This could be a silly question, but do you see any 8700Ks hitting the proper turbo frequencies in these setups? I see where you said these rigs performed normally in the 2700X review, but I wouldn't expect that you guys go out and verify turbo frequencies every time you put a system together.

June 11, 2018 | 06:47 PM - Posted by Forstral (not verified)

So does that mean I wasted my money, do I need to just return it to newegg once it arrives?

June 17, 2018 | 01:11 PM - Posted by PaulH (not verified)

I bought two, (8086K) because I cracked my z370 motherboard doing install, the original chip may be fine. I think I bent the pins on board and chip. New board and chip, it let me run windows with cheap Intel cooling fan on 5 cores at 5.0GHz using Intel XTU, sixth core is at 4.9.

All adaptive defaults, changed nothing.

I saw 32 degrees celcius mostly on all cores, the 8700K could only do 4.7GHz sometimes 4.8GHz on five cores.

I'm not trying anything else today, after doing cables for power on motherboard. (MSI z370 Gaming Pro Carbon AC).

I could not run, start, or shutdown W10 before at 5.0GHz, it crashed in less than sixty seconds.

June 17, 2018 | 01:16 PM - Posted by PaulH (not verified)

I also got from 4.3 to 4.7 CACHE on CPU, INCREASE, and memory OC to 3600MHz, "stable" what was 3400MHz it goes to 4000MHz, but, not with a high OC of CPU.

June 18, 2018 | 08:00 AM - Posted by PaulH (not verified)

This morning I put all six cores at 5.0GHz, Intel XTU, Intel air cooling with heat pipes $25 dollars (funny). It ran fine, W10, and a backup which might be a better test than most benchmarks.
It's what you need to do, fast, and I had no Thermal throttling.
So I think there is allot of value in it, you only have one shot at delidding, you can ruin the chip and the motherboard easy. Why not buy a chip that does it for you just with air cooling, really safe, and you cool the room like data center do. They had (now Oracle) servers and super computers with 128 cores on one board, they blast fans at them, and cool the data center. Maybe 66 degrees Fahrenheit. Water cooling was used on older mainframes the fortune 100 (75%) still run, not the newer models. I like the 8086K, they say there will be a 28 core 5.0GHz chip in Q4 also (Intel). That might be a mortgage payment on a luxury home in NJ.

June 18, 2018 | 08:03 AM - Posted by PaulH (not verified)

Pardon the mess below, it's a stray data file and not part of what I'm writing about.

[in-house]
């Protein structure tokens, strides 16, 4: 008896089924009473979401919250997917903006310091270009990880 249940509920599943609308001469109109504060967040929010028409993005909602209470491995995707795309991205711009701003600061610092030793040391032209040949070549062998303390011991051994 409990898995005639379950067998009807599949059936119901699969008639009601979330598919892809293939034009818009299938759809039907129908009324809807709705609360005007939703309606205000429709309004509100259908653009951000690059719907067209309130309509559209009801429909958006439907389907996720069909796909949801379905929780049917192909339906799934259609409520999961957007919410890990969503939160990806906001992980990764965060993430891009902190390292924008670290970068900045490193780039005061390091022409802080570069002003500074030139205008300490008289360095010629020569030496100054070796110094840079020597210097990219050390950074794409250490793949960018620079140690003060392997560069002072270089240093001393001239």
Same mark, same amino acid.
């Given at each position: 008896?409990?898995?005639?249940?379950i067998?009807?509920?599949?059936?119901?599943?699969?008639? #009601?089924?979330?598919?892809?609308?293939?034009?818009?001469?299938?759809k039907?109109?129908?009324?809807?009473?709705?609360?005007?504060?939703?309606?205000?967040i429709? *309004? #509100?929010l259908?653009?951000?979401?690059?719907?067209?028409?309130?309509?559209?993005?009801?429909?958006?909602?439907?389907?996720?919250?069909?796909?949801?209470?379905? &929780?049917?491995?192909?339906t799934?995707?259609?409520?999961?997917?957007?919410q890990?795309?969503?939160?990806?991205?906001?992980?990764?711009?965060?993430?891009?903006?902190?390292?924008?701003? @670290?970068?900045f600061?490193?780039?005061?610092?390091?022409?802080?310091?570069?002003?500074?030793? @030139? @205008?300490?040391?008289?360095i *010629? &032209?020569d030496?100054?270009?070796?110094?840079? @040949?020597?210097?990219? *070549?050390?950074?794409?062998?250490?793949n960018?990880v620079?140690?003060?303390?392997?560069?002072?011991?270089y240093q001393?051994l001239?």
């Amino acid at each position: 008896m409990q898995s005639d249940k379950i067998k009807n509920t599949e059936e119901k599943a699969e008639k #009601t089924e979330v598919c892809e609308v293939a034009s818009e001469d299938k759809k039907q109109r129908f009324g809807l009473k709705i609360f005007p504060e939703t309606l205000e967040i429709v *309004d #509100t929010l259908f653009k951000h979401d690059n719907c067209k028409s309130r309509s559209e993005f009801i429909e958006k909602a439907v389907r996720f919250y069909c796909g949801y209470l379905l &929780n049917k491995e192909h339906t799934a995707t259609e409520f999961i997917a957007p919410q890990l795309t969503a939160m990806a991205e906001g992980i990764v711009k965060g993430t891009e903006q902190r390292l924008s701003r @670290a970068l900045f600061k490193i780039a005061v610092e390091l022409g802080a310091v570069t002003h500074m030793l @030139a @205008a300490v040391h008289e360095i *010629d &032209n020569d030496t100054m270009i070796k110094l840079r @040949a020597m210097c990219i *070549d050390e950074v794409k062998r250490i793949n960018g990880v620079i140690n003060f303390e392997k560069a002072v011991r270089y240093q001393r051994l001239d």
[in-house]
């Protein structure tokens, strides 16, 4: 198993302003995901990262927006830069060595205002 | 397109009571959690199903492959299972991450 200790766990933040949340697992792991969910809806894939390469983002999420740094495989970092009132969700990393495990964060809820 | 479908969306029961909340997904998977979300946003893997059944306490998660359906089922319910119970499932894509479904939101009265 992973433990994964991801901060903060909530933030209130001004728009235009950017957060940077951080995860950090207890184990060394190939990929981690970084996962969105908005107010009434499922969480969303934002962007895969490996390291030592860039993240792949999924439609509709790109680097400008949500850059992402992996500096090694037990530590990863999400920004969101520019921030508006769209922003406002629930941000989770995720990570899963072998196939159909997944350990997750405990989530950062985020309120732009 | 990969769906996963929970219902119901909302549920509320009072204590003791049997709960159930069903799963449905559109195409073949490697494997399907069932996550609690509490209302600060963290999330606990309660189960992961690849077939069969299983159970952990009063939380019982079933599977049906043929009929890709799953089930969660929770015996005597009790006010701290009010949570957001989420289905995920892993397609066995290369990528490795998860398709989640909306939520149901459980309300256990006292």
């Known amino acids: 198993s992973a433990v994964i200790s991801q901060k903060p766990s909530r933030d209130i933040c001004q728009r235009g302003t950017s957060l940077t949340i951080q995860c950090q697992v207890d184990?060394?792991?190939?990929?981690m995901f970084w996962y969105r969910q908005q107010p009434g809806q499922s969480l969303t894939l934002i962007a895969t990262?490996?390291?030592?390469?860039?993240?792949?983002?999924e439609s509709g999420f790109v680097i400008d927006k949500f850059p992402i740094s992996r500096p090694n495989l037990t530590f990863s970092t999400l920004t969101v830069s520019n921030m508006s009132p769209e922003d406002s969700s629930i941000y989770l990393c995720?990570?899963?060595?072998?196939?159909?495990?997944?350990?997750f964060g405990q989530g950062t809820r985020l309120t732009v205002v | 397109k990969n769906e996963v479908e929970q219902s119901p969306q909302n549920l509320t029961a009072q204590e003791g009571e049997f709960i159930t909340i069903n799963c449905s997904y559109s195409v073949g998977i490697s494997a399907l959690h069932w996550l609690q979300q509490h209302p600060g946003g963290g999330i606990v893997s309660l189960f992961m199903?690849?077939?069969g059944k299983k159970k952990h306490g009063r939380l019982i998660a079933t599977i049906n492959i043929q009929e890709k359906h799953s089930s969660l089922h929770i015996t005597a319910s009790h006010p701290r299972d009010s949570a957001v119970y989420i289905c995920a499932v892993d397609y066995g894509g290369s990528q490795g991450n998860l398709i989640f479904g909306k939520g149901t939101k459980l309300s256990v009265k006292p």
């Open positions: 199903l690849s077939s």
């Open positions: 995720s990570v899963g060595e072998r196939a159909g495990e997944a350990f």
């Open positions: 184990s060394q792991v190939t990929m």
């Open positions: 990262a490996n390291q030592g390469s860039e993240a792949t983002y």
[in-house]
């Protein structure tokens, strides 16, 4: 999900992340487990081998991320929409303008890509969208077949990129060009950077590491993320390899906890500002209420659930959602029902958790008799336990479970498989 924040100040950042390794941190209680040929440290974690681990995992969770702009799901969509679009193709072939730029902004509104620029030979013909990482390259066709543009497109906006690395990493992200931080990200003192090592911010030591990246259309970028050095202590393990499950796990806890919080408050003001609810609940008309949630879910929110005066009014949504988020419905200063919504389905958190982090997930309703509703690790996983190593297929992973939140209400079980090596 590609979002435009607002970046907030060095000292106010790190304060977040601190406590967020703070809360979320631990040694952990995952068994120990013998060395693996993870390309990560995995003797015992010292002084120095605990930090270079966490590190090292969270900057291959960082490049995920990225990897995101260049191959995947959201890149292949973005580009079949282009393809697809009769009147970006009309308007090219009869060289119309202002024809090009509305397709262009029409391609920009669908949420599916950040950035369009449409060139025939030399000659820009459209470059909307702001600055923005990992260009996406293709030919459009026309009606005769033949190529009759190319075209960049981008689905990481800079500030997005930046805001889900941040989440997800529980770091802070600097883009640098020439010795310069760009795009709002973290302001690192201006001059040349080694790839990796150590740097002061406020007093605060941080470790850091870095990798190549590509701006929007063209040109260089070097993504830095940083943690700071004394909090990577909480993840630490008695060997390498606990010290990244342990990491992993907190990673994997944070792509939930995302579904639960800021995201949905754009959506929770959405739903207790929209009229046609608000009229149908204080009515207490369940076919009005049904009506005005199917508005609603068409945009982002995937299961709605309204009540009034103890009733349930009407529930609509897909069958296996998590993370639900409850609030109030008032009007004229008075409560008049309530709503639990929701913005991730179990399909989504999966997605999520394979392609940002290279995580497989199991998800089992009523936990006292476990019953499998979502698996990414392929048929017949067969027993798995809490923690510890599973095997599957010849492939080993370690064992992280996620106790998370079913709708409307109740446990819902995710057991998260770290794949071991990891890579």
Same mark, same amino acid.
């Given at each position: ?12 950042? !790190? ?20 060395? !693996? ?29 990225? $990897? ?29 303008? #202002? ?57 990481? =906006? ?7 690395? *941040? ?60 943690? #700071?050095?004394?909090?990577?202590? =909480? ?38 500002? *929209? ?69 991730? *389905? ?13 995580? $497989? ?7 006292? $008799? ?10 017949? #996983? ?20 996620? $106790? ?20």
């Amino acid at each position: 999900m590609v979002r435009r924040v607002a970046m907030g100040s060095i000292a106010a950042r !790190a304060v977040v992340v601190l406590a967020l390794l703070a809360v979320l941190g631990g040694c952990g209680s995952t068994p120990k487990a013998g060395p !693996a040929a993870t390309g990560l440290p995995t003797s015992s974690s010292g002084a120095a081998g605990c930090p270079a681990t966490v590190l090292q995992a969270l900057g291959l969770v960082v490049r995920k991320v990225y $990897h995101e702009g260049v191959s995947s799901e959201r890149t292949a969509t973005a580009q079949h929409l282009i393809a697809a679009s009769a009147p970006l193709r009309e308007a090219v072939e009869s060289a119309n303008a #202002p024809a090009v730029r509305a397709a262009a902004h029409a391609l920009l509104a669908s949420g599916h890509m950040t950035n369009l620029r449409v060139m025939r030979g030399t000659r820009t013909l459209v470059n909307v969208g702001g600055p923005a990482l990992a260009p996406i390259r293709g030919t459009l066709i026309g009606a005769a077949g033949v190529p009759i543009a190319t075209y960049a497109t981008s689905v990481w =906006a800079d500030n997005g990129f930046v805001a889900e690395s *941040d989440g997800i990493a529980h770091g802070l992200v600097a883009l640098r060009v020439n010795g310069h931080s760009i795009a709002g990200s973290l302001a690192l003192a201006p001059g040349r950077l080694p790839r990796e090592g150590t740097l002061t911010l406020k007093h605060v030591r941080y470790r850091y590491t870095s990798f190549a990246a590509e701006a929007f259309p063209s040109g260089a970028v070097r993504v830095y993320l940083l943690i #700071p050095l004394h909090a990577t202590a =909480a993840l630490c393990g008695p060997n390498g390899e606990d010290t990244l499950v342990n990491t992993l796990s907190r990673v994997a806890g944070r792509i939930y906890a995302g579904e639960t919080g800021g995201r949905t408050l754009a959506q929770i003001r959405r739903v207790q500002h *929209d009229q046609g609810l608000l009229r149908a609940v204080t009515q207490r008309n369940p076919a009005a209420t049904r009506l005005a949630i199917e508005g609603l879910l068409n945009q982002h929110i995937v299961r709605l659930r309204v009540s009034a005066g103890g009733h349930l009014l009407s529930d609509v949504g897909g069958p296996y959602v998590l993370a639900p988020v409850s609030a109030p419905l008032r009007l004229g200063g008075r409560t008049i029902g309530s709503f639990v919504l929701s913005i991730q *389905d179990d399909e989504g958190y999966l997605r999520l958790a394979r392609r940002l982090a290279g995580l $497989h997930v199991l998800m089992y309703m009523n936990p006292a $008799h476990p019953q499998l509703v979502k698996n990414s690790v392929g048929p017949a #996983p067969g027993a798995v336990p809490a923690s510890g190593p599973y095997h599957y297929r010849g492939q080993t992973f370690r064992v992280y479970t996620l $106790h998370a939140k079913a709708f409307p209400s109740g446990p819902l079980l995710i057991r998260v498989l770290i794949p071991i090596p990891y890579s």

The average speed was 4.99GHz with XTU OC on six cores to 5.0GHz. The only point was, "I wanted 5.0GHz". I was tired of waiting for it to be quite honest.

June 18, 2018 | 08:06 AM - Posted by PaulH (not verified)

That was wrong, 4.91GHz average, maximum 4.99GHz.

June 19, 2018 | 12:04 PM - Posted by PaulH (not verified)

Today, with 8086K I tried 4000MHz memory and 5.0GHz on six cores, it crashed during PassMark physics test.

I did run each of there tests on 5.1GHz on six cores, with 3600MHz memory. The score was 8843, my best, but 9000 alludes me.

The average on 8086K was 5.01GHz and the maximum was 5.10GHz.

I had the memory back at 3600MHz, just a little better than 3400MHz I could run with 8700K at 47x5, 46x1 GHz on it (the multiplier).

Maybe, its just because I have the A/C cooler there was a heatwave that felt like 101 degrees. Still pretty cool that most of what I tried worked very well without any throttling.

June 11, 2018 | 09:47 PM - Posted by KingKookaluke (not verified)

I thought as much. Just a Marketing ploy,with a different lid.

June 12, 2018 | 04:40 AM - Posted by Spunjji

This is even lazier than Lenovo's limited-edition Thinkpad. Amazing!

June 12, 2018 | 06:30 AM - Posted by Meaker (not verified)

It's not really about stock performance, this is a binned part for a bit extra.

June 12, 2018 | 07:26 AM - Posted by psuedonymous

Yep, it's basically "Silicon Lottery's pre-binned parts, but official". If you weren't already considering a pre-binned 8700k (or for some reason wanted to buy up a pile of 8700Ks to bin yourself) then there's not any real reason to go for an 8086K.

June 12, 2018 | 07:55 AM - Posted by Don't panic! (not verified)

8086k differs from 8700k only by a 300Mhz higher 1-core Turbo frequency, multicore frequencies are exactly the same (inc 2 core). In real world this translates no real gains in performance.

I guess it could be a better binned model, so it could prove useful for extreme overclockers or collectors.